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Everything About Cube Ninja Game

by UrgentRCM
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Unlike many portable 3DS games, Cubic Ninja relies on the console’s gyroscope for movement. It’s a shame because it makes the game hard to play, even with its level creation tool and robust communication features.

Tilt your way through 100 eye-opening levels, saving the princess (and her ninja friends) from lab-coated bandits and their traps. Unlockable characters with varying physics qualities add to the challenge.


It’s easy to see how Cubic Ninja was an exciting prospect when it was first announced, a game designed from the ground up for the Nintendo 3DS that aims to eliminate buttons by using gyro controls. Using the system’s depth to highlight your blocky hero’s positioning, you tilt and turn to guide him through over 100 eye-opening levels.

From soaring towers to raging waters, you must avoid holes and obstacles while racking up a high score. Throughout the story mode you’ll also find unlockable characters that alter your ninja’s weight, friction, bounce and size; giving you different ways to approach each level. It adds an interesting twist to the game, but isn’t enough to stop the game falling flat, especially once the challenge wears thin.

AQ Interactive has attempted to make the game as engaging as possible, offering challenges and rewards for completing each level, including a ghosted replay of your best time for sharing online. However, the basic control scheme is just too fiddly to hold up to repeated playthroughs. It isn’t the most difficult game, but even when you don’t die too many times it can feel like an endurance test. Despite all of this, the basic gameplay concept is cool, and would be even more fun with better physics. But even with a few extras, it’s hard to recommend this for a full retail release.


Cubic Ninja takes advantage of the 3DS gyroscope to allow players to move a squat ninja cube around a series of maze-like levels. Unlike the ninja-themed platformer n+, which requires fast reactions with buttons, Cubic Ninja is all about physical control. The game features bumpers to bounce off of, spikes and electricity to dodge, and more.

The graphics in Cubic Ninja are very well done, with an impressively fancy feel to the menus and a solid aesthetic to the environments and characters. The sprites are also surprisingly detailed for a handheld game. However, the game is plagued by some rather annoying visual bugs and slow down when moving the ninja.

Despite the interesting gameplay concept and some solid graphics, the lack of content and unimpressive controls hold this game back from being anything more than just okay. The game includes a level creator and a few other modes, but these extras don’t add enough to the experience to justify the $40 price tag for what could have been a $5 iPhone game.

It’s interesting to note that Cubic Ninja was the first Nintendo DS retail release that didn’t display in stereoscopic 3D. This is probably due to the fact that it was designed less with motion control in mind than the other motion-based games, and more with a traditional control system.


The controls in Cubic Ninja use the 3DS’s built-in accelerometer and gyroscope to move the character. It’s a neat concept and works well enough at first, as sliding your block creature around the screen is quite fun when you initially get a handle on the mechanics. But the novelty wears off quickly, as you find yourself struggling with your physics-based movement through levels that require an incredibly high level of precision to pass through comfortably.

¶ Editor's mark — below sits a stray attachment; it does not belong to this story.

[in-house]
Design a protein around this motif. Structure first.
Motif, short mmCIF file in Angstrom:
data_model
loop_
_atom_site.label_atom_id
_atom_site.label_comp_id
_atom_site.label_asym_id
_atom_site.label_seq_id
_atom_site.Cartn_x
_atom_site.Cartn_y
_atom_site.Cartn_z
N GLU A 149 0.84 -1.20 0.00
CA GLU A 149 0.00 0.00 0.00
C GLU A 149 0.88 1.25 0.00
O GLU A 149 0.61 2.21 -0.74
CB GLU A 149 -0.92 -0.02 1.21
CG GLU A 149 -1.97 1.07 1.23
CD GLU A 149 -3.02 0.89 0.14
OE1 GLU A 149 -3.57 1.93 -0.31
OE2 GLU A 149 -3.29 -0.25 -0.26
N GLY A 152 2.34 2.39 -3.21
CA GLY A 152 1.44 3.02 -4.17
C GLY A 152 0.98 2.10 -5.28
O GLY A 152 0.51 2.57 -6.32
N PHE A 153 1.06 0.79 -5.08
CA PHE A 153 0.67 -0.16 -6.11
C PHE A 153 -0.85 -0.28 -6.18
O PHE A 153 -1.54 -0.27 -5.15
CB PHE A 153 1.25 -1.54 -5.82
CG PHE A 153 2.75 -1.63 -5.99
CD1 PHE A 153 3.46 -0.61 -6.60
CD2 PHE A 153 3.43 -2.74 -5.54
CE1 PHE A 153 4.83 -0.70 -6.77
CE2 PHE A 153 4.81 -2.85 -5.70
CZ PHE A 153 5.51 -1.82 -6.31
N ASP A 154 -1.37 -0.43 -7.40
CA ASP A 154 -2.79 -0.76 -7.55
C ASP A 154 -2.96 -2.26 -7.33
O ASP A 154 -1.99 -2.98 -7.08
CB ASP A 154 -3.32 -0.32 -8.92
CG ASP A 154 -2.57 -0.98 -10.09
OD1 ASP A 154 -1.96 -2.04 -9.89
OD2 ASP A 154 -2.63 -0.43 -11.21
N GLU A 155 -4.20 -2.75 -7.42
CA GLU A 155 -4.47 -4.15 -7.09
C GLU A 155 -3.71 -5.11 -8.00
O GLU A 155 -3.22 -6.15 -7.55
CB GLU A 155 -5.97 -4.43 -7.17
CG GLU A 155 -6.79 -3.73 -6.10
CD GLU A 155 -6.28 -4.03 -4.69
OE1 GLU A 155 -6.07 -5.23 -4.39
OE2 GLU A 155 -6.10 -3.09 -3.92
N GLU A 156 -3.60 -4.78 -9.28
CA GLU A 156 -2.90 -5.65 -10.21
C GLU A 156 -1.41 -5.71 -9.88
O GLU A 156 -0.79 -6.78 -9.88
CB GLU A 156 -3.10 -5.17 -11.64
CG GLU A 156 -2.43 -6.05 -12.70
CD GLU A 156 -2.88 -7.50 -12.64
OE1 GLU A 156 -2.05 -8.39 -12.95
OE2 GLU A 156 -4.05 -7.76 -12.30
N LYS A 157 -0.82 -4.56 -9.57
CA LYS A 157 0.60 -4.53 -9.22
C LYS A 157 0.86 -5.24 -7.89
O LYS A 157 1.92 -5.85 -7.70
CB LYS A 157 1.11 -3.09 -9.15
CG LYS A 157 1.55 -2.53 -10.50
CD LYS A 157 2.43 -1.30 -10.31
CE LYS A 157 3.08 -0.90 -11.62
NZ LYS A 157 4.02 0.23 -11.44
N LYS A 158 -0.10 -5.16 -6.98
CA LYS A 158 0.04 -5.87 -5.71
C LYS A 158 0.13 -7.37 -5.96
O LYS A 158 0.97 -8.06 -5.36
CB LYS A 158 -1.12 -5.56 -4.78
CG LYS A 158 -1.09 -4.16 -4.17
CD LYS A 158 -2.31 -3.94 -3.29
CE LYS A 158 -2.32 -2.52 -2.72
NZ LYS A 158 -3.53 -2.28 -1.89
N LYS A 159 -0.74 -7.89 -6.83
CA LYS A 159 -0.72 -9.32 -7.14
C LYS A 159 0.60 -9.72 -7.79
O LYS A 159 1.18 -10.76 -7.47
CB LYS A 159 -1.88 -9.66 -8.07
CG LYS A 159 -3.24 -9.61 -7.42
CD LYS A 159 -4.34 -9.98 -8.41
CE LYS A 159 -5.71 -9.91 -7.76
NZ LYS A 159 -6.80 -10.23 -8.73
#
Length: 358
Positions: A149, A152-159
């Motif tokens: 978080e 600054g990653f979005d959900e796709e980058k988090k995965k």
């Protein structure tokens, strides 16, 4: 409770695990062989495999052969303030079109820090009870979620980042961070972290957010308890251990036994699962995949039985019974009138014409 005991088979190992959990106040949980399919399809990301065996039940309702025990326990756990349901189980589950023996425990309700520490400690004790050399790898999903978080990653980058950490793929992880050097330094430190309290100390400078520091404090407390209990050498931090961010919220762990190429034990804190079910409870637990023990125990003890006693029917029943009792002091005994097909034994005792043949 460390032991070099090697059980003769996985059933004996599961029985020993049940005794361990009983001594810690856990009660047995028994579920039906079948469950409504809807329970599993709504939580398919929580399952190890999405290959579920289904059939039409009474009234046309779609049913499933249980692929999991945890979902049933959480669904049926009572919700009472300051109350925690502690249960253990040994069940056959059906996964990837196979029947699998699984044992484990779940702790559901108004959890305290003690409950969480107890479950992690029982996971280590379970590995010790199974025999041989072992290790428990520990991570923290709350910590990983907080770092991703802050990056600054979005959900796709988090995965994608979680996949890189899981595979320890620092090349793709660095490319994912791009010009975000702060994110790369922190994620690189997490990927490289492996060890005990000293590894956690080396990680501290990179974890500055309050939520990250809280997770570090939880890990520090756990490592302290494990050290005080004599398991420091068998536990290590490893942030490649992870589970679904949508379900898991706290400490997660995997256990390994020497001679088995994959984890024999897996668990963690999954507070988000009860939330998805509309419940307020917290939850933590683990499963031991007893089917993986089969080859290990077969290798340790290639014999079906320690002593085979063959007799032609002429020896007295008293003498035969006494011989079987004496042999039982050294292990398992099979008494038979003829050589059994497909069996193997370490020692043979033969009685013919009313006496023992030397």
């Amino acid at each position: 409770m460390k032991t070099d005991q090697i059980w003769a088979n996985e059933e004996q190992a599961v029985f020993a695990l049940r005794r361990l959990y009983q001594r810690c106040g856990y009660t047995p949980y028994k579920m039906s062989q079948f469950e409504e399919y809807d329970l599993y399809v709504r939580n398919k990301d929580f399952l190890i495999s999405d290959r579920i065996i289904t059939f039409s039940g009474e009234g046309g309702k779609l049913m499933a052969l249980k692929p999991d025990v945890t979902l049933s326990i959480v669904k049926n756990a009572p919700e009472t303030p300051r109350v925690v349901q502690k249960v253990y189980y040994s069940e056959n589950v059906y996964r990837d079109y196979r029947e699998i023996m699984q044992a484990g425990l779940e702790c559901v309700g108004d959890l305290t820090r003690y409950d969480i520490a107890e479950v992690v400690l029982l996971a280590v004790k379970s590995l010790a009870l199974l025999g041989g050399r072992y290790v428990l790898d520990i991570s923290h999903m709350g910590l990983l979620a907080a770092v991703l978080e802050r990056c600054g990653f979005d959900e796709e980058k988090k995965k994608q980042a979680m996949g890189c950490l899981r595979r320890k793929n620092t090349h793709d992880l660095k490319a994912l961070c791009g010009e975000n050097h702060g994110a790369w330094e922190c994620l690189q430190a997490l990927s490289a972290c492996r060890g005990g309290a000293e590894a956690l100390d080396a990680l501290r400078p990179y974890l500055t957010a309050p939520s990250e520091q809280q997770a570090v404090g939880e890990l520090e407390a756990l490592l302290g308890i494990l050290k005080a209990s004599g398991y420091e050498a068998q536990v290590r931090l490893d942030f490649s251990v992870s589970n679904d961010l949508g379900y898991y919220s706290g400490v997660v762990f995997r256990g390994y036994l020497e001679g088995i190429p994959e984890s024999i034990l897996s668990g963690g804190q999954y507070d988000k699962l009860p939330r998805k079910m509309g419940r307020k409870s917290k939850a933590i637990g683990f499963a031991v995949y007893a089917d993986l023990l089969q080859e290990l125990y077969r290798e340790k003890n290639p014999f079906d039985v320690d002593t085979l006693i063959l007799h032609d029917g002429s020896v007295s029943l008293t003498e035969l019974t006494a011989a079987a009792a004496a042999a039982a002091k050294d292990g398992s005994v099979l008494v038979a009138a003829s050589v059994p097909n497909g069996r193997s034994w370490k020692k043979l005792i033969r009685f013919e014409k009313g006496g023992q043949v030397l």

A few different modes, a level editor and the ability to output QR codes for sharing your creations all help to keep this mediocre puzzler from falling too far into obscurity. But the focus on gyroscope controls limits the game’s level design and prevents it from ever reaching the heights of other similar handheld titles that work well with the Circle Pad, namely the ninja-themed n+ and its sequel n+ HD.

Despite attempts at character through a cute script and the title’s blocky aesthetic, this is a very bland experience that never finds its feet. There are a few moments of fun, but each world hits reset on complexity, lending a sense of restraint to the 100 stages included here. Even if you can tolerate the frustrating tilt control, the game doesn’t justify its price tag as a smartphone title.

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Level Design

Cubic Ninja’s gyroscope controls are fun at first; sliding your cube-shaped ninja around the screen while watching him slide to the foreground and background is a neat way to experience some of the game’s early levels. However, precision control becomes a necessity when you enter later levels, where your ninja is faced with deadly obstacles that require fast reflexes. The punishing level design and sluggish controls clash to create an experience that is more frustrating than exciting.

The game takes place in a bandit hideout that is awash with unfriendly things such as traps, bombs, flamethrowers and spikes; and CC has to navigate them all while searching for scrolls that give him special ninja abilities. The jigsaw puzzle game also has restrooms, but over-using them can cause your ninja to become dehydrated. The game has 100 levels to complete, plus a Time Attack mode and Survival mode. It also features a level editor that can output QR codes so players can share their creations.

Cubic Ninja is an interesting attempt at using the Nintendo 3DS’s gyroscope, but it needs a lot more thought in its execution to reach its full potential. Frustrating controls, punishing level design and a short campaign make this unusual puzzler less than satisfying. It could have been much better if it were released at a lower price point as a smartphone game.

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